Exclusive rights under copyright law

If you meet the requirements for copyright, federal law grants you the exclusive legal right to reproduce, distribute, perform or display the work publicly, create derivative works and transfer any of these rights under the Copyright Act.  You can also enforce your rights against unauthorized users or infringers.


How can a party prove copyright infringement?

In order to prove infringement in court, the plaintiff must show that they are either the owner of a valid copyright in the work or that they have the legal authority to bring a lawsuit, and that the defendant actually copied the copyrighted work.

A copyright registration is evidence of ownership.  Courts have held that registration before, or within five years of publication of a work, establishes a presumption of ownership that then shifts the burden of proof of ownership to any party who is challenging said ownership.

Proof that the defendant copied the work typically involves showing that the defendant had access to the plaintiff’s work and that the defendant’s material is substantially similar to the copyrighted work.


Are there defences against a copyright infringement claim?

While there are several defenses to copyright infringement, it is not a defense that the defendant did not intentionally infringe.  Including a disclaimer that you are not intentionally infringing or otherwise acknowledging that you do not own the copyright will not mitigate your liability.  If the author can prove that the infringer willfully infringed, then the author may be entitled to enhanced statutory damages.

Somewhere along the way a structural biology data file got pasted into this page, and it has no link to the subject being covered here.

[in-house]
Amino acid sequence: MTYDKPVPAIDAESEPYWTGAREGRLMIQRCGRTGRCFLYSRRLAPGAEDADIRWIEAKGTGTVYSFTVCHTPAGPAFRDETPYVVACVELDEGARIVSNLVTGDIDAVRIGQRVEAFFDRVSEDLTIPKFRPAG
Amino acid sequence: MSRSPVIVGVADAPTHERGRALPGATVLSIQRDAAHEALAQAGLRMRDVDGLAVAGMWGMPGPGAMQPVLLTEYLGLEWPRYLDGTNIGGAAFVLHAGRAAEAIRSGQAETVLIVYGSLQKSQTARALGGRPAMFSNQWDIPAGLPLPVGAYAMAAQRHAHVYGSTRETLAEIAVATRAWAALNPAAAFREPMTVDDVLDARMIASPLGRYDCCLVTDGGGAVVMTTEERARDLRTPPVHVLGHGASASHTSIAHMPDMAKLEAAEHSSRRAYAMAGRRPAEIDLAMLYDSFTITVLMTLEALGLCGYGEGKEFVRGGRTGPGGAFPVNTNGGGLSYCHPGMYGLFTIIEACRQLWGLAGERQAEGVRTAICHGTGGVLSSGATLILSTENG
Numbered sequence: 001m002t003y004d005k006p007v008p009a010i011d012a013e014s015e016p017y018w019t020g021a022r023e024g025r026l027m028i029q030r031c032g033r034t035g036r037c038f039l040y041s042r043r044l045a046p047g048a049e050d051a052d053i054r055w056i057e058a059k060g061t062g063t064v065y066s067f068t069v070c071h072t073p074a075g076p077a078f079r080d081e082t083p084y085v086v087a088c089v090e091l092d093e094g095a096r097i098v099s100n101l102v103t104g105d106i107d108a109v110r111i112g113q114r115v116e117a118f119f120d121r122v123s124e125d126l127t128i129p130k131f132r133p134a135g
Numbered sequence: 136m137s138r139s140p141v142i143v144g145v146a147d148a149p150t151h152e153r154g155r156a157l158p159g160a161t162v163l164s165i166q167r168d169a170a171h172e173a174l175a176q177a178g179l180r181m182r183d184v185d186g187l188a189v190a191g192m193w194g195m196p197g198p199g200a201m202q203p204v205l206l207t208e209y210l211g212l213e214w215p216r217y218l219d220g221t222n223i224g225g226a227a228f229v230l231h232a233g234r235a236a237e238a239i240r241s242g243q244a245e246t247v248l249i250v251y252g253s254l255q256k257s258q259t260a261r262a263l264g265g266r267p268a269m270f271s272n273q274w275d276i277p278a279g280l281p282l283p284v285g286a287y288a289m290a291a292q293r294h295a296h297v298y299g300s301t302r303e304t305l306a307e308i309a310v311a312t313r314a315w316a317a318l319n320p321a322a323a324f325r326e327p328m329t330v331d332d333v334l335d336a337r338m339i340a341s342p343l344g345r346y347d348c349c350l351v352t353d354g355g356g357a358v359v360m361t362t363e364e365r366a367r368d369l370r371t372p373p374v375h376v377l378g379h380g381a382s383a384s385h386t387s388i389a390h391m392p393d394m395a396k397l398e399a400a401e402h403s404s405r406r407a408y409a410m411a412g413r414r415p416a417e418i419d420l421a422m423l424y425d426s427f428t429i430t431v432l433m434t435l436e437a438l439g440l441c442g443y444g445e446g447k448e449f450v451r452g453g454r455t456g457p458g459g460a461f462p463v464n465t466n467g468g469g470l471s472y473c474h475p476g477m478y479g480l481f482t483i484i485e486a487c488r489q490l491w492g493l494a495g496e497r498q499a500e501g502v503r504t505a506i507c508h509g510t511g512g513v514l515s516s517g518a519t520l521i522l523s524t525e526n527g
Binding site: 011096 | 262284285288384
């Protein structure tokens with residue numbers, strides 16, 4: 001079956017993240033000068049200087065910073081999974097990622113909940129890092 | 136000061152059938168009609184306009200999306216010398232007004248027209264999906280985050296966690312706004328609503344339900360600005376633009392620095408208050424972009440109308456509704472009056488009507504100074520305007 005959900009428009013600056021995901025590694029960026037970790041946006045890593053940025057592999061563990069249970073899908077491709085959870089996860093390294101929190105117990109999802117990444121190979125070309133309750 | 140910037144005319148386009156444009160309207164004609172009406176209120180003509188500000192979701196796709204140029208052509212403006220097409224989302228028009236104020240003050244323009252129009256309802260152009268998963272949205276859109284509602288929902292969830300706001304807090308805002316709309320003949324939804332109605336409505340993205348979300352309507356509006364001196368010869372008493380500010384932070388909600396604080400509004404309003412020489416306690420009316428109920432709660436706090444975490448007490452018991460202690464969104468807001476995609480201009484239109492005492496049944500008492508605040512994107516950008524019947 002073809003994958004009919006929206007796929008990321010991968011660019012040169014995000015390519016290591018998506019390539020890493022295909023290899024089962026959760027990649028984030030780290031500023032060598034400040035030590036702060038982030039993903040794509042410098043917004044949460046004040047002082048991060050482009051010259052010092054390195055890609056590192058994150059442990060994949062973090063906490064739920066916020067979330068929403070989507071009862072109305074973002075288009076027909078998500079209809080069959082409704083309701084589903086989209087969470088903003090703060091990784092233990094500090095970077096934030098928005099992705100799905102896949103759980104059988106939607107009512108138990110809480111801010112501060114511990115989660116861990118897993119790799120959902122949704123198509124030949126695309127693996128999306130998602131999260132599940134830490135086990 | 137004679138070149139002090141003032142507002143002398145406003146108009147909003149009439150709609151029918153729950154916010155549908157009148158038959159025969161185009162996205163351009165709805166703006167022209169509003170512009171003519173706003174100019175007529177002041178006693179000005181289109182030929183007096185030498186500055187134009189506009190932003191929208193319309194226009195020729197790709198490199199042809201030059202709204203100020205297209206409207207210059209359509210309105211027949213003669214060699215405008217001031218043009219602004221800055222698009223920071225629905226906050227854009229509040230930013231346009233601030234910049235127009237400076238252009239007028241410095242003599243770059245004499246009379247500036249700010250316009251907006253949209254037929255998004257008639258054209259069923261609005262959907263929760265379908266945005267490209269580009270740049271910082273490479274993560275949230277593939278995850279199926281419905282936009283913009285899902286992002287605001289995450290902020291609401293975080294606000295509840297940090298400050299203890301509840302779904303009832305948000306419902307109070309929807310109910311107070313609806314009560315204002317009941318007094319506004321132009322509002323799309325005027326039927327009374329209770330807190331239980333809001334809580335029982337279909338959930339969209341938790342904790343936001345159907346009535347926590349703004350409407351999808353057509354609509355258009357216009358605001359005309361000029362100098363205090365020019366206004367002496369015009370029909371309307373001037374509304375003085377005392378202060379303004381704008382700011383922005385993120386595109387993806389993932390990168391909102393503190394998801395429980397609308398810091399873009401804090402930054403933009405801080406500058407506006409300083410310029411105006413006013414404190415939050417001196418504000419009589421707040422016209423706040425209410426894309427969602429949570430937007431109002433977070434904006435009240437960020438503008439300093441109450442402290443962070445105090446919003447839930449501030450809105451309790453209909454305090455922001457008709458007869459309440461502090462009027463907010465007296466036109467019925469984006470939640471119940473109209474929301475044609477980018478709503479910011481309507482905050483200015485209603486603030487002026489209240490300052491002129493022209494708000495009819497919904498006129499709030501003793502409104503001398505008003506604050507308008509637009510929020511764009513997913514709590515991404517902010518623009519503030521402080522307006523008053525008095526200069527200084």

The fair use defense is written into the Copyright Act and allows a party to use copyrighted material for certain purposes deemed beneficial to the public interest, such as criticism, news reporting, teaching and research. 

The principle of scènes à faire may also be a defense.  This defense arises when certain elements of your work are customary to the genre and, as with a general idea, are not protectable under copyright law.  Examples of scènes à faire include a spy novel that might employ stereotypical character types, a Western film that includes a cowboy and an outlaw or other commonly used scenarios.


What remedies are available in copyright infringement?

You may sue an infringer in federal court for actual damages you suffered, including any profits the infringer made, or recover statutory damages.  Reasonable attorneys’ fees and costs are also available if you prevail in litigation.  You can also obtain an injunction against an infringer ordering him or her to cease infringing as well as seize infringing goods.



If you believe your work has been infringed, reach out to our team of attorneys for advice on enforcing your rights.

Anyone who wishes to copy material from another party or who is concerned they may be infringing should seek permission from the copyright owner and a license to use the work. Consult with a Florida intellectual property clearance attorney to ensure you do not violate copyright law and that you comply with the terms and conditions of any licensing agreement.

Romano Law can provide guidance on copyright infringement in New York, California and Florida.



 Photo by Pili Gonzalez Prieto on Unsplash


Looking for other IP services?